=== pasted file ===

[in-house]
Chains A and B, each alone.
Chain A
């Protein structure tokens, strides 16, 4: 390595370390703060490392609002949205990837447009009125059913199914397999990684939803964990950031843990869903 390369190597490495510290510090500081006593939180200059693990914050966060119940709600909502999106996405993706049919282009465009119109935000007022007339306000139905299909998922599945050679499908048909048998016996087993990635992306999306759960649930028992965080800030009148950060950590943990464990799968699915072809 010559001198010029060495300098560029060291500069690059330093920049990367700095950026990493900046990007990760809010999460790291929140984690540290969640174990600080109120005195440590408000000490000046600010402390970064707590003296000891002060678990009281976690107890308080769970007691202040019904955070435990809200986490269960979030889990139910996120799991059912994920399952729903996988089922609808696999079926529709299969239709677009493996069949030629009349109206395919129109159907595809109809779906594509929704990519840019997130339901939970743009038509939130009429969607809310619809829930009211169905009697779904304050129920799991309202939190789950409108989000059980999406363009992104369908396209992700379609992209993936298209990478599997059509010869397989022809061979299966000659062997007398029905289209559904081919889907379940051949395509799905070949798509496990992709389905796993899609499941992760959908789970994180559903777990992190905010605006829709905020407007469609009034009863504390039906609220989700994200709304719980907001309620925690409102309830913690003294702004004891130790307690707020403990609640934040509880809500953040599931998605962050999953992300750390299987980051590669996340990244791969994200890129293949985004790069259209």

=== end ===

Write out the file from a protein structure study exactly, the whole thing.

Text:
[in-house]
Chains A and B, each alone.
Chain A
């Protein structure tokens, strides 16, 4: 390595370390703060490392609002949205990837447009009125059913199914397999990684939803964990950031843990869903 390369190597490495510290510090500081006593939180200059693990914050966060119940709600909502999106996405993706049919282009465009119109935000007022007339306000139905299909998922599945050679499908048909048998016996087993990635992306999306759960649930028992965080800030009148950060950590943990464990799968699915072809 010559001198010029060495300098560029060291500069690059330093920049990367700095950026990493900046990007990760809010999460790291929140984690540290969640174990600080109120005195440590408000000490000046600010402390970064707590003296000891002060678990009281976690107890308080769970007691202040019904955070435990809200986490269960979030889990139910996120799991059912994920399952729903996988089922609808696999079926529709299969239709677009493996069949030629009349109206395919129109159907595809109809779906594509929704990519840019997130339901939970743009038509939130009429969607809310619809829930009211169905009697779904304050129920799991309202939190789950409108989000059980999406363009992104369908396209992700379609992209993936298209990478599997059509010869397989022809061979299966000659062997007398029905289209559904081919889907379940051949395509799905070949798509496990992709389905796993899609499941992760959908789970994180559903777990992190905010605006829709905020407007469609009034009863504390039906609220989700994200709304719980907001309620925690409102309830913690003294702004004891130790307690707020403990609640934040509880809500953040599931998605962050999953992300750390299987980051590669996340990244791969994200890129293949985004790069259209």